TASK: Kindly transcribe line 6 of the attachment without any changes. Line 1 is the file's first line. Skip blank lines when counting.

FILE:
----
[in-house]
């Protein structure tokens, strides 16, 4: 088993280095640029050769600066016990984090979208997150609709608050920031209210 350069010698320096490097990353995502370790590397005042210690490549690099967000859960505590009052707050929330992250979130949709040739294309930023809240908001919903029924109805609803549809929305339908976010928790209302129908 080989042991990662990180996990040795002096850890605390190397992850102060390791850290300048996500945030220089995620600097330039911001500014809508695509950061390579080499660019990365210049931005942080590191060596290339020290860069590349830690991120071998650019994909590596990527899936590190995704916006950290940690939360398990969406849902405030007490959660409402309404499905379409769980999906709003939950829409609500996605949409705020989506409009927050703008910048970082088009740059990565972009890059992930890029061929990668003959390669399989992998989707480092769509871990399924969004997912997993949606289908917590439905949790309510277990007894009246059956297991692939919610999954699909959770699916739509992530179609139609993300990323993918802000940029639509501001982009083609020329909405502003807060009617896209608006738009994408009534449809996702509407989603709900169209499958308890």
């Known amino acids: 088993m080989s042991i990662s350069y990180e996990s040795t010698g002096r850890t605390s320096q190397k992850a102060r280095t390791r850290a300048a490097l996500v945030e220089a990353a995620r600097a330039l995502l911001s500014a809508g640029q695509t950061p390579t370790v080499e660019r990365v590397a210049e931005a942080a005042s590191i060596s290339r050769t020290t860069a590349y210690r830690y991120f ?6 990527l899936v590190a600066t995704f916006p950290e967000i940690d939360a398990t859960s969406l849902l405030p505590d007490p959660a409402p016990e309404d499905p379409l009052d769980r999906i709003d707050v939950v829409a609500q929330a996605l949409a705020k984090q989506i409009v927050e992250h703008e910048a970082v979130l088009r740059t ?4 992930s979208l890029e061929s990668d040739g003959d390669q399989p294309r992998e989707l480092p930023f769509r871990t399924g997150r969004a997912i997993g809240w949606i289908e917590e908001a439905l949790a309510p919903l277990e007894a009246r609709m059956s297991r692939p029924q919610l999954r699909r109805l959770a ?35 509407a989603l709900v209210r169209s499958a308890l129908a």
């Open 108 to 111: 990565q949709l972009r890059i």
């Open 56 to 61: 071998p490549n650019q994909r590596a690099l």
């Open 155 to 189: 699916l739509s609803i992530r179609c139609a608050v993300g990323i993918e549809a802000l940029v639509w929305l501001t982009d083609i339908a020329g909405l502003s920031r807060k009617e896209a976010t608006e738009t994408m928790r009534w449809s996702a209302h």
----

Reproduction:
């Open 155 to 189: 699916l739509s609803i992530r179609c139609a608050v993300g990323i993918e549809a802000l940029v639509w929305l501001t982009d083609i339908a020329g909405l502003s920031r807060k009617e896209a976010t608006e738009t994408m928790r009534w449809s996702a209302h």